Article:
Wednesday, 26 July 2017

Ten Things To Do in Pamukkale

Text by Albena Shkodrova | Photographs by Anthony Georgieff   
God created the world in six days and rested on the seventh; but when did he have fun? It is unclear which day of the week the bearded sage set aside for this purpose, but it seems that, on that day, he created Pamukkale, the Cotton Castle in Western Turkey.

Water, rich in lime, springs from a mountain top and pours down the sides, covering stones and plants in a dull marble-like white layer. The effect is amazing: dozens of natural white pools, arranged in descending terraces. Each is full of cool water in hundreds of colours that change with the hour of day -from blinding white to azure blue and blood red. The pools spread underneath the excavations of the ancient city of Hierapolis, which was used for its healing mineral baths in antiquity.
Pamukkale is one of Turkey’s most popular tourist spots, which explains the chronic congestion by visitors and coaches. Still, do not miss it, for ten things you will never forget await you there!

1. Take the path that covers the three kilometres from the village of Pamukkale to the peak. A little after you reach the slope, take your shoes off and walk barefoot on the whitish path along which water flows. It is like wading a shallow river with a smooth bottom: a fantastic sensation when the air temperature is 30°C. The colours you tread are part of the pleasure: white, very light and slightly deeper blues.

2. Enter one of the calcified pools along the white path. The deepest they get is knee-deep. Their bottoms are covered in a soft layer of light-coloured sediment and each has a different water temperature. You will see dozens of people entertaining themselves in this way. Another way to enjoy the water is to keep dipping your feet into the stream to the left of the path as you climb it. The water is rapid and high, so you won’t be able to walk in it, but it is fun all the same

3. Look around the top pool with its submerged pieces of Roman columns. This pool is warm, with a high mineral content. At peak times, it does look like tourist meatball soup, but if you pick the right moment (very early in the morning or off-season), you can swim among the millennia-old postaments and capitols.

4. Visit the archaeological museum with its magnificent collection of sarcophagi and reliefs featuring gladiator fights. A hall with “minor finds” contains a jug with a phallus for a spout. It was used in rituals devoted to Aphrodite and Priapus, and shows the influence of Aphrodisias: a nearby cult site that ranked alongside Delphi in Greece. Do not miss the hall furthest from the entrance with its four wonderful sculptures.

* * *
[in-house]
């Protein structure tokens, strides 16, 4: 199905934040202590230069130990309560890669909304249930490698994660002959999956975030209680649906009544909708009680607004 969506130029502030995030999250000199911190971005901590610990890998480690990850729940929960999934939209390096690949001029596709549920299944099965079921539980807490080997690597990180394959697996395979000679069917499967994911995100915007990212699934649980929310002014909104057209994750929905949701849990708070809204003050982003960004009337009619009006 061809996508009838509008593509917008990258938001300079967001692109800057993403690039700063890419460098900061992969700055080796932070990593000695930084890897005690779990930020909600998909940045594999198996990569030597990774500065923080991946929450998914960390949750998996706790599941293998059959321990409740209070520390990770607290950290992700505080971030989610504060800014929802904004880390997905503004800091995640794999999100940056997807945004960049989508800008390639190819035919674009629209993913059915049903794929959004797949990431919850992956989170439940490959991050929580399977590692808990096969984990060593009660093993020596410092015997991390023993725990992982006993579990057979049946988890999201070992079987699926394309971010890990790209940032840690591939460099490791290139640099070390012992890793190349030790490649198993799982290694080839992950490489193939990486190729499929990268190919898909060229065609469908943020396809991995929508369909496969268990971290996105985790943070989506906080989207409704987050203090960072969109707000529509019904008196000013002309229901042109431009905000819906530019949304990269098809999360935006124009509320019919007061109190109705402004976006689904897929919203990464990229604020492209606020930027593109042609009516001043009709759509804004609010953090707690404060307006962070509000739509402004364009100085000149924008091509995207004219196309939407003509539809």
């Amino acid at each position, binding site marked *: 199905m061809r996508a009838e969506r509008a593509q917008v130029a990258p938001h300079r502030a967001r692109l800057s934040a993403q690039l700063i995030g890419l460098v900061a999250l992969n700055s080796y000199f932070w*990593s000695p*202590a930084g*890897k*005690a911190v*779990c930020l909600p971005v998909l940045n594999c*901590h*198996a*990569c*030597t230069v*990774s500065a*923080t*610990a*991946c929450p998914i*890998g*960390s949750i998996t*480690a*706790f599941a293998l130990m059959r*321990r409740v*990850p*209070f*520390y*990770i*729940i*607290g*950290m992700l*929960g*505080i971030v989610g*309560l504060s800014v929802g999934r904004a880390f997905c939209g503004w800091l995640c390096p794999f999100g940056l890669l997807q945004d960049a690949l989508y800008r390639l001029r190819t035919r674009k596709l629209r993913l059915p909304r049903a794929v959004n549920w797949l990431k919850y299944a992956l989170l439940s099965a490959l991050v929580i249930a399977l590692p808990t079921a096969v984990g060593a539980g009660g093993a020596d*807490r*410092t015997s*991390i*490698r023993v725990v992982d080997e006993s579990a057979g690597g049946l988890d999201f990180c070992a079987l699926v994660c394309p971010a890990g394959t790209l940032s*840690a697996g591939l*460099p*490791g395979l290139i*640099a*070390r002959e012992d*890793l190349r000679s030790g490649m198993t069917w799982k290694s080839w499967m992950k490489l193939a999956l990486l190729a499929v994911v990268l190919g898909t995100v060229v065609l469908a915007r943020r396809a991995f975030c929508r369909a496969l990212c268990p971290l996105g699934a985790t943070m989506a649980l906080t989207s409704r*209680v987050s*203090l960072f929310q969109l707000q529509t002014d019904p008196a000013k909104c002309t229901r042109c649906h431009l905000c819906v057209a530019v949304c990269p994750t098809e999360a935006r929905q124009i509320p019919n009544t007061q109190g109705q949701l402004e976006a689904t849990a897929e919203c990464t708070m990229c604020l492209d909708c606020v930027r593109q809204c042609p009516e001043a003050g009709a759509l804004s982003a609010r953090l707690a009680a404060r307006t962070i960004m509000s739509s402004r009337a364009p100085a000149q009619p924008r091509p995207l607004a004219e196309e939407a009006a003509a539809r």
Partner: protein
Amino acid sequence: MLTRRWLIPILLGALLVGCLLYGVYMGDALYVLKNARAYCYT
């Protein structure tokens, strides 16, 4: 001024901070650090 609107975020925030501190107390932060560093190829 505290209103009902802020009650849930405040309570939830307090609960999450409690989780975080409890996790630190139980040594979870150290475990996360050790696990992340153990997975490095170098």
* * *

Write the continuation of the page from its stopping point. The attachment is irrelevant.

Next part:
5. Further up the hill behind the pool, look for Pluto’s poisonous springs among the excavations. In antiquity, oracles used their toxic vapour to impressed gullible citizens. They showed their power by throwing birds and small animals into the mouth of the cave, thus killing them in seconds. Due to its fatal properties, the spring was named after Pluto, the god of the underworld. Today, the spring is dry, but the wire-fence can still be seen, with a sign that reads Tehlikelidir Zehirli Gaz ('Danger! Poison Gas'): testimony to several accidents among overenthusiastic visitors.

6. Look around the ruins of the Byzantine Church, the temple of Apollo, and the Roman amphitheatre, and then climb to the exceptional octagonal Church of St. Philip. Set high up in an isolated spot, it guarantees seclusion and breath-taking views down the mountain slope.

7. Turn right and go downhill through an incredible number of antique mounds of all shapes and sizes. Some have been excavated by archaeologists, while others have been shattered by earthquakes. You can enter some of them to see how Romans fared after their death. Head for the road through the monstrously large Agora: one of the largest Roman marketplaces discovered to date. And one of the most beautiful cemeteries. Judging by the number of tombs in it, the Hierapolis mineral water was not all that healthy!

8. At sunset, stand above the limestone pools and watch the surreal white and blue landscape turn lilac-pink.

9. Do some anthropological research among the cosmopolitan crowd. You will hear many interesting things said by ultra-conservative Turks whose wives are covered except for a pair of eyes and ten toes, fascinated Americans, camera-toting Japanese, and frolicking Russian ladies.

10. Hurry along to Pamukkale, because the spring is drying out and the place may not exist a decade from now. Some of the limestone pools are already empty and it is a matter of time before their white calcium gets soiled and collapses. Water levels began dropping after the 1980s tourist boom when large hotels sprung up at the top. They have all been demolished since, to save the natural wonder, yet this did not recover the water flow. Ecologists now blame the village below, many of whose denizens divert water from Pamukkale to feed their pools.

It is best to visit in Pamukkale in April or October, when the area is warm enough to allow swimming in the pools, while the flow of tourists is not so high.




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